UK.gov digi peeps hunt open source chief
First among penguins
The British government’s Digital Service is looking for a chief penguin to head up open source.
GDS has created a brand-new position for an individual to conduct open source technology projects, adoption and working practices for the government's IT arm.
Moreover, the chosen candidate will be charged with forging relationships with individuals and projects outside government in the open-source community.
Until now, GDS had a number of people working in different roles taking the lead on open source. The new individual will be nestled in GDS’s technical architecture team.
The job description posted on LinkedIn stated:
“We now want to build on that work with a more concerted approach to open source (and “inner source”), building collaboration and reuse internally and making higher impact contributions to the wider open source community.”
GDS, Whitehall and government departments and wider agencies have been making increasing use of open source in the last five years.
The Cabinet Office made it mandatory for civil servants to include an open-source element in IT project proposals in order to seek funding. Projects that didn’t got kicked back.
Gov.uk uses Linux, Apache, ngix, MySQL, Postgres and MongoDB plus all the standard languages, such as PHP and Ruby.
Government coders perform what’s become known as “coding in the open” – that is, building and releasing code under an open source license to Github.
UK gov is eager that the standard benefits of open source technology and culture rub off on official projects; that code is easier and cheaper to maintain; the software costs less; and can be developed collaboratively based on needs.
But there’s been a growing undercurrent that GDS could, and should, be doing more - but with relatively small development teams in house, GDS could include more external contributors working on fixes and new features.
Also, with government code being open source it should be easier and cheaper to extend and modify.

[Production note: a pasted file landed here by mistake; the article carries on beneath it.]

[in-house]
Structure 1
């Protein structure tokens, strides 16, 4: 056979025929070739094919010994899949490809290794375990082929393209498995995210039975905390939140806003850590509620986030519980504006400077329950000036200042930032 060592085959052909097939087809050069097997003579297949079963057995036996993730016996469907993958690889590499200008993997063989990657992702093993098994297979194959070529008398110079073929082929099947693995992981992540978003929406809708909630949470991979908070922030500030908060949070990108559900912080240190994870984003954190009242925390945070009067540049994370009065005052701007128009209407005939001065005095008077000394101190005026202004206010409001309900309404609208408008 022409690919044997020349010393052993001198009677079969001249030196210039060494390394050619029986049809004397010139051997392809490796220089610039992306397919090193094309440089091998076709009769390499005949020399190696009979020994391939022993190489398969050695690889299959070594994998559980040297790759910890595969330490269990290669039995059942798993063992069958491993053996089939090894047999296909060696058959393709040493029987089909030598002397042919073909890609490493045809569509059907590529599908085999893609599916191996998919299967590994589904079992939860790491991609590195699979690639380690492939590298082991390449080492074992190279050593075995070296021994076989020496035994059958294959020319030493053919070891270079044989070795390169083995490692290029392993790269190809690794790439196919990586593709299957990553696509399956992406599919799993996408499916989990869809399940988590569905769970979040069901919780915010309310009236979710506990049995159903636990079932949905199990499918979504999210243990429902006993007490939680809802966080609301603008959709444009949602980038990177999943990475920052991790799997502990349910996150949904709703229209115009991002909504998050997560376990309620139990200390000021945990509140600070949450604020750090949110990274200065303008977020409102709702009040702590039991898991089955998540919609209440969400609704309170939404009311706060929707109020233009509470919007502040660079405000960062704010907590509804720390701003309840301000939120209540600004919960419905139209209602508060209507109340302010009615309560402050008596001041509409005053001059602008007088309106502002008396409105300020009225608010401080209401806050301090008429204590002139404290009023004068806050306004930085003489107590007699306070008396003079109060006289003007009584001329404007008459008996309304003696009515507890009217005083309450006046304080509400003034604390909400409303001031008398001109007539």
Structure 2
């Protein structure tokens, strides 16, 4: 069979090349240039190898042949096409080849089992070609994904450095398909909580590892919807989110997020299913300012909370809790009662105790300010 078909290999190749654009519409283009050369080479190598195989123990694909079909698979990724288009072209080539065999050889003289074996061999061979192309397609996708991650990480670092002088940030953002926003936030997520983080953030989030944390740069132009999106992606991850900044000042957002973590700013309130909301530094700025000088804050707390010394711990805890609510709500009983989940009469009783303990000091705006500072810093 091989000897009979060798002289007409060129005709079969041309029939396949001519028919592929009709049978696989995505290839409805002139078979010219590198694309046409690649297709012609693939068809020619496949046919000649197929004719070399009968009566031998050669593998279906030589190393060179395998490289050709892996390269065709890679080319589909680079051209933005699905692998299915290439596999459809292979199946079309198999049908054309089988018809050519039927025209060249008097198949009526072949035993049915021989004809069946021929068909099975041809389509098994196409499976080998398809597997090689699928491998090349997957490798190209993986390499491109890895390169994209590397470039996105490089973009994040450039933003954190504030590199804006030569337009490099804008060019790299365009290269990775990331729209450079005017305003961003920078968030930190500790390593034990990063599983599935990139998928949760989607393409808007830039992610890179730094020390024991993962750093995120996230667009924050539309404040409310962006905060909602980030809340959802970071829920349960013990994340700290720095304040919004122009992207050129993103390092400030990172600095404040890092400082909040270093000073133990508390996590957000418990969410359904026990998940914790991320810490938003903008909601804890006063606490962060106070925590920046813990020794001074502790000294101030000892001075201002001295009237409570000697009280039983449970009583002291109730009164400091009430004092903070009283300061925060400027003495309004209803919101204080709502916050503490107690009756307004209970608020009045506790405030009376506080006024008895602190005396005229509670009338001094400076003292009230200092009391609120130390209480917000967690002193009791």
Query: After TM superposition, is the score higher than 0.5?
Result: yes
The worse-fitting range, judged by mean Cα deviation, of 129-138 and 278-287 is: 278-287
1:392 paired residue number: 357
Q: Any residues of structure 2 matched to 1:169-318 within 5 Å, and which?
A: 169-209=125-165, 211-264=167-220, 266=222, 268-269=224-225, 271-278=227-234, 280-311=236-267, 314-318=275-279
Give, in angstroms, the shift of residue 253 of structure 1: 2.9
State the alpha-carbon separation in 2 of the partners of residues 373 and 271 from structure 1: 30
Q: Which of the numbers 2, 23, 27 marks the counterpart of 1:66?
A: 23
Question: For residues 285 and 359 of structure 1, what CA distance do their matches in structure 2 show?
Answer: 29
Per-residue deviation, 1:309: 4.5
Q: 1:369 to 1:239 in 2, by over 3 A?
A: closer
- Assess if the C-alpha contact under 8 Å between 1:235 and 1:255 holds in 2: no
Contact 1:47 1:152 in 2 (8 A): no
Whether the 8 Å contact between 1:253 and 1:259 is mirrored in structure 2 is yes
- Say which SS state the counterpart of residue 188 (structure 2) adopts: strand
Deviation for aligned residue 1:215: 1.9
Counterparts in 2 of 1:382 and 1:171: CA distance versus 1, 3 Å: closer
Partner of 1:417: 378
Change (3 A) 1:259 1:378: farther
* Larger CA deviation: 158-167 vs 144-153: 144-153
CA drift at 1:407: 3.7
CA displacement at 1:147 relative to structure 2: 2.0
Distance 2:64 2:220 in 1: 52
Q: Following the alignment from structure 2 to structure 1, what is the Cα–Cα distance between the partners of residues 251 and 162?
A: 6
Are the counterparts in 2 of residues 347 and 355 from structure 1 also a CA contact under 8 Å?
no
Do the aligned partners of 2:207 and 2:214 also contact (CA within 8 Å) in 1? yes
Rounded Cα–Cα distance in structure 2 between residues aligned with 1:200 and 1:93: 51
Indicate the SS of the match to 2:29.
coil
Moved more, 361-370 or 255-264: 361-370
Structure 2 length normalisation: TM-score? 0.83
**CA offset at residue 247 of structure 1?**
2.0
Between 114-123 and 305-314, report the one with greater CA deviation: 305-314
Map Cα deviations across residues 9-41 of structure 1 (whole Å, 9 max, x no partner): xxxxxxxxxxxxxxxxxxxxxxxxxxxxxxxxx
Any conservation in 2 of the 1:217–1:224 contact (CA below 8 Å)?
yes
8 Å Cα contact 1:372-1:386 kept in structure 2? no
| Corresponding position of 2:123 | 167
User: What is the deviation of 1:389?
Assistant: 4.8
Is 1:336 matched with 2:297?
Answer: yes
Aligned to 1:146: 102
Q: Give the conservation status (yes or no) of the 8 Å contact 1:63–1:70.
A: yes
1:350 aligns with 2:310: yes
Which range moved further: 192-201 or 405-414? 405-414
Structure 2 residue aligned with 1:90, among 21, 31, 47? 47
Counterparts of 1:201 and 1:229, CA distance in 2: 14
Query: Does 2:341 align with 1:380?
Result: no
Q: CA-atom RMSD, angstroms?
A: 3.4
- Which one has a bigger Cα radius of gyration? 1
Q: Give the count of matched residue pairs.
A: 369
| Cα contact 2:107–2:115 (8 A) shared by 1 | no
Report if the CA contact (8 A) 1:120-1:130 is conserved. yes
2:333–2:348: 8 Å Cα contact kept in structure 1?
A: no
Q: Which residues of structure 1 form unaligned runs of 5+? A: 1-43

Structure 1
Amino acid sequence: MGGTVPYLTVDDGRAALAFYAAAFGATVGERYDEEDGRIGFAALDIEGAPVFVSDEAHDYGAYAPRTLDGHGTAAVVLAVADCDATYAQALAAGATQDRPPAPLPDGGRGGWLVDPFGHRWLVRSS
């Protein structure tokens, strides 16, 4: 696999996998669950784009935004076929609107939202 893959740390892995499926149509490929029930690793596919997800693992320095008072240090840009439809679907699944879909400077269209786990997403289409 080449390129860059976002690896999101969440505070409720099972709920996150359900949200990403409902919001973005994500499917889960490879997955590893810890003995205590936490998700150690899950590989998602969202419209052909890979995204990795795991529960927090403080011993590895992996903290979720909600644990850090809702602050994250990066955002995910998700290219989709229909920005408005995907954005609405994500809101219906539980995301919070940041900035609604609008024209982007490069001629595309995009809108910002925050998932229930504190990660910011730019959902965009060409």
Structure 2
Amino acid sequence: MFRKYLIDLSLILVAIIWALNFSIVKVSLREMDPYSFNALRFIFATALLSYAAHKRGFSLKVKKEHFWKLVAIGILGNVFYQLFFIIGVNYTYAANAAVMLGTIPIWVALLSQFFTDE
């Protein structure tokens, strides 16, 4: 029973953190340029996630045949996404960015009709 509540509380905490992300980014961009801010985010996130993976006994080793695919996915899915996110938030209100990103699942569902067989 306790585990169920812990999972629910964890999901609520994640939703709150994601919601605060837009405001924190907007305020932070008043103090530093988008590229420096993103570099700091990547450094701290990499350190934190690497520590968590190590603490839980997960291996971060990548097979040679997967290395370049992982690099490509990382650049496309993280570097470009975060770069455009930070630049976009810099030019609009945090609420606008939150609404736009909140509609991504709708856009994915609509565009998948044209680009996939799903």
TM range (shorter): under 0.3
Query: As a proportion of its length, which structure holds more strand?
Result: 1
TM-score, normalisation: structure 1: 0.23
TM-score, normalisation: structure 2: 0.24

One of the key responsibilities of the new GDS post, therefore, will be to “Steer involvement and recognition of the open source program internally.”
The new open source chief will also be asked to encourage greater code re-use across government itself, and to "work alongside product and departmental leadership to integrate Open Source goals with GDS and wider government goals, including showing how open source practices can continue to shape the way we work.”
Another responsbility will be to “Lead and streamline all aspects of the outgoing open source process. This encompasses people processes to tooling automation.”
That will become more important as GDS’s work transitions away from the webbier projects that have captured headlines to target the decades’ old, proprietary and expensive back-office systems running the guts of government, things that some senior sources inside government call the “digital filing cabinet.”
There’s a suggestion, too, the new open source hire will also work with lawyers on the release of government code to open source.
This is something the private sector has had to tackle; code built by engineers on company time on company machines is owned by that company and cannot be simply offered to the community. It takes a change in company rules and culture to change this and permit code to be “given away.” ®